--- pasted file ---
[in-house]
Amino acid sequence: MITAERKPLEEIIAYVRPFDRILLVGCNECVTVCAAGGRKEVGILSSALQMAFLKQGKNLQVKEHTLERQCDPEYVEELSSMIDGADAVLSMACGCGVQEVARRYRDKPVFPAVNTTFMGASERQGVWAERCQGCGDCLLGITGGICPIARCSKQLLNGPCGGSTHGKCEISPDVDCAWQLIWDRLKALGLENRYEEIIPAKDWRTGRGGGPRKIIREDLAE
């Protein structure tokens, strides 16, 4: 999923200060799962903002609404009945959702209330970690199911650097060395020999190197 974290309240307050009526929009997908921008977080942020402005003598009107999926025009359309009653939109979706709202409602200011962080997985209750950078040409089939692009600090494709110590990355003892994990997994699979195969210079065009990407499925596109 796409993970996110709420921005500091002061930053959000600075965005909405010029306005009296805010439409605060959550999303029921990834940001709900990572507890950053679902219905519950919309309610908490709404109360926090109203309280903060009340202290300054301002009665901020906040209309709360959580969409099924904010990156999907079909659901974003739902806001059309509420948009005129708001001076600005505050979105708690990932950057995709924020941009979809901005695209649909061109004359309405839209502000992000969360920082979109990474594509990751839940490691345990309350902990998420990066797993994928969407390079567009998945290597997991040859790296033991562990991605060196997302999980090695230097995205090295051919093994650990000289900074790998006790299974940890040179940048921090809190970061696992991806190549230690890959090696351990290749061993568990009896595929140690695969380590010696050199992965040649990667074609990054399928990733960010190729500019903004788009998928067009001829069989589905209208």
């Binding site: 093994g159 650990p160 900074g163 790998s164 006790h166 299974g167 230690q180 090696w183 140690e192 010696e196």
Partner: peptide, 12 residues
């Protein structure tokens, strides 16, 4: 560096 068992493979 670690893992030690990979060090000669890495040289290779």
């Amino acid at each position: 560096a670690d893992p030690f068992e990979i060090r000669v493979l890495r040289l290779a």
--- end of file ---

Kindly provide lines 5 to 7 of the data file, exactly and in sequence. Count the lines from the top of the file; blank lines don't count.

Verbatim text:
Partner: peptide, 12 residues
């Protein structure tokens, strides 16, 4: 560096 068992493979 670690893992030690990979060090000669890495040289290779």
């Amino acid at each position: 560096a670690d893992p030690f068992e990979i060090r000669v493979l890495r040289l290779a």